Frieze New York: Weird and Wonderful Works of Contemporary Art on Randall’s Island

NEW YORK—For its second year, the London-based Frieze Art Fair has descended on New York, turning sleepy Randall’s Island into a temporary art mecca. This year, shuttle bus service is available in front of the Guggenheim Museum and fair goers are transported through Harlem to the remote venue (last year the shuttle stop was in Harlem), where an outdoor sculpture park anchored by an enormous red ballon dog by Tom McCarthy (not Jeff Koons) greets visitors upon arrival. The crowds have been healthy.

Inside a white tent that is the equivalent of several city blocks long, more than 180 galleries from around the world are exhibiting weird and wonderful contemporary art. A program of talks, sound projects, and opportunities for school and museum groups is offered, and and there is an education space for families with children. If you get hungry, the kale Caesar salad offered by The Fat Radish is delicious.

Frieze New York is open through Monday, from May 10 to 13, 2013. Tickets for the fair and transportation to Randall’s Island must be purchased in advance (if you arrive ticketless, there are a few terminals on site where you can purchase tickets, or you could do so on your smart device). For a fee, in addition to the shuttle, there is a ferry service and if you want to drive, limited parking is available.

All photos © Arts Observer

From left, “Untitled (pizza),” 2013 (styrofoam and paint); “Untitled (Hostess treats),” 2013 (styrofoam and paint); and “Untitled (sun,)” 2012 (wood, styrofoam and paint), all by Tom Friedman at Luhring Augustine of New York.

View from the fair floor of the Salon 94 booth, featuring archival prints of anonymous people in Bakersfield, Calif., by Katy Grannan.

“Head with Yellow Vertical,” 2010-11 (wood, painted epoxy, painted wood, iron) by Mark Manders at Tonya Bonakdar Gallery of New York.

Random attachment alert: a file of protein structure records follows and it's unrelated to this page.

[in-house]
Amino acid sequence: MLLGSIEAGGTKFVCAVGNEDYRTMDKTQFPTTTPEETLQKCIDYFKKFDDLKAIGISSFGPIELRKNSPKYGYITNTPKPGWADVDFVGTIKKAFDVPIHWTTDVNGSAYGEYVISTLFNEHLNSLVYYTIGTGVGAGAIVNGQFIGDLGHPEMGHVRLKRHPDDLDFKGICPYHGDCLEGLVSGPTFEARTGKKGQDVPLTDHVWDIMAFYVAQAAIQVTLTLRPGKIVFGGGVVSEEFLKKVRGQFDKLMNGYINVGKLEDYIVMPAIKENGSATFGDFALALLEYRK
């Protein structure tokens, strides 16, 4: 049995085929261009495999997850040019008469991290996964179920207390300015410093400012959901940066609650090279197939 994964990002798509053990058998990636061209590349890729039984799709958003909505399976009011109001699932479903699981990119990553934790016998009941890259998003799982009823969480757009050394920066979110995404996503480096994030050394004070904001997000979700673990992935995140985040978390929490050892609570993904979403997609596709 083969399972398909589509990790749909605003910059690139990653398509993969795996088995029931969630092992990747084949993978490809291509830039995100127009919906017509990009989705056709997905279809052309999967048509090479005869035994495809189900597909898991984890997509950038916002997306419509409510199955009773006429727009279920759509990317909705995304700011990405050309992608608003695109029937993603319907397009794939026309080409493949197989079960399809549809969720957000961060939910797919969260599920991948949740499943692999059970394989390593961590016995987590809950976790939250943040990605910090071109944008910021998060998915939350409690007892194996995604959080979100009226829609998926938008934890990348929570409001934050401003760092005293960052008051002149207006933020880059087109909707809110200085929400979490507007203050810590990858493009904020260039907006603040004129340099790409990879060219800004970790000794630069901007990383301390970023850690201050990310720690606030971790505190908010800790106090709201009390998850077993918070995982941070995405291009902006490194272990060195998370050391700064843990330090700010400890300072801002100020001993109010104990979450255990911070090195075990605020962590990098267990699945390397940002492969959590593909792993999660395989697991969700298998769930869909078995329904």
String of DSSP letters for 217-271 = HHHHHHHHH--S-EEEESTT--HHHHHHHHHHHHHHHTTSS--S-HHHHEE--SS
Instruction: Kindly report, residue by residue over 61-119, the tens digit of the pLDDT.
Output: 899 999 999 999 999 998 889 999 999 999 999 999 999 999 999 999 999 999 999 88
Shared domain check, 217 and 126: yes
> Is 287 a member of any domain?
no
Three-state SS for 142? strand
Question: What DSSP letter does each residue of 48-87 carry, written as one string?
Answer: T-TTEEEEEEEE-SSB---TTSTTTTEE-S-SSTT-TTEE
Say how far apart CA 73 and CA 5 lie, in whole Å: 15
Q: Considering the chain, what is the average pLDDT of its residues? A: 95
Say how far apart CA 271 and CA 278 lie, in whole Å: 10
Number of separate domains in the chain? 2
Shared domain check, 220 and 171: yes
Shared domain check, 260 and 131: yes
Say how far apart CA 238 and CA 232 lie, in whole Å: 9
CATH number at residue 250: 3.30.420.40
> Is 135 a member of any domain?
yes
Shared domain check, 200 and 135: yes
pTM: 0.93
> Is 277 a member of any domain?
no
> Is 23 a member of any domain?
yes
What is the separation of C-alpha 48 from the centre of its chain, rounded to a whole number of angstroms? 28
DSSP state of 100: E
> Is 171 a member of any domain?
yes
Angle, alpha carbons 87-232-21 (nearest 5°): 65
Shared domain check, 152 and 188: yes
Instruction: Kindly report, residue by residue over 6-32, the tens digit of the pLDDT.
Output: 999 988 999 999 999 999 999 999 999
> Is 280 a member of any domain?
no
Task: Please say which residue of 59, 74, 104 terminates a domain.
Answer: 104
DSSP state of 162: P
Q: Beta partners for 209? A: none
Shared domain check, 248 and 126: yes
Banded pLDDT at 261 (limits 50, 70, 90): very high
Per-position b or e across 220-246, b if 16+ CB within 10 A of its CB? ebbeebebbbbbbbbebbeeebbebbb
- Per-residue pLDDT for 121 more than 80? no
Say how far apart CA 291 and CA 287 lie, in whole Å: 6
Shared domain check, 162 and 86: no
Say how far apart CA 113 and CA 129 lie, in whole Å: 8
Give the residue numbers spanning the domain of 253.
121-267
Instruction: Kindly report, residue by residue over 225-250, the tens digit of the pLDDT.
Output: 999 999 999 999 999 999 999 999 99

From left, (obscured) “Abraham Lincoln,” 2010-11; “Le rreres Wright,” 2010-11; “Milan (perruque architecture),” 2006; “Milan 2 (perruque architecture)”; and “Fela Kuti,” 2010-11 (all braided artificial hair and mixed media) by Meschac Gaba at In Situ/Fabienne LeClerc of Paris.

From left, “Eroded Payphones,” 2013 (crystal, shattered glass, hydrostone); with “Open Hands” and “Waiting,” both 2013 (broken glass, resin), all three by Daniel Arsham at Galerie Perrotin of Paris and Hong Kong.

Detail of “Upset,” 2011 (modeling material, foil, wire, paint and cloth) by Francis Upritchard at Anton Kern Gallery of New York.

In foreground, “Untitled Branded Shea Butter Rug,” 2013 (branded Persian rug, black soap, wax, shea butter), at right “Pain in My Heart,” 2013 (black mirrored tile, black soap, wax) both by Rashid Johnson, with work by Matthew Day Jackson at left, at Hauser & Wirth of New York.

“Translated Vase,” 2012 (ceramic shards, epoxy, 24K gold leaf) by Sookyung Yee at Kukje Gallery of Seoul/Tina Kim Gallery of New York.

“Yardstick House,” (wood, metal) by Hans-Peter Feldmann, with “Untitled,” 2011-12 (steel structure, two cylinders of carpet)by Mathieu Mercier, and in the background “Bookshelves (Billy by Ikea),” (lambda print on aludibond, in five parts) by Hans-Peter Feldmann at Mehdi Chouakri gallery of Berlin.

“Boy by the sea,” 2008 (mixed media including basswood, fish scales, faux pearls, pinewood block, wood stain, white powder pigments, white acrylic paint, white muslin cloth) by Terrence Koh at Sean Kelly of New York.

Detail of “Untitled (pink grid),” 2013 (oil on canvas) by Amy Sillman at Sikkema Jenkins of New York.

“Splasmiopylea,” 2003 (polyamide textile, styrofoam beads, wooden pegs) by Ernesto Neto at Tonya Bonakdar Gallery of New York.

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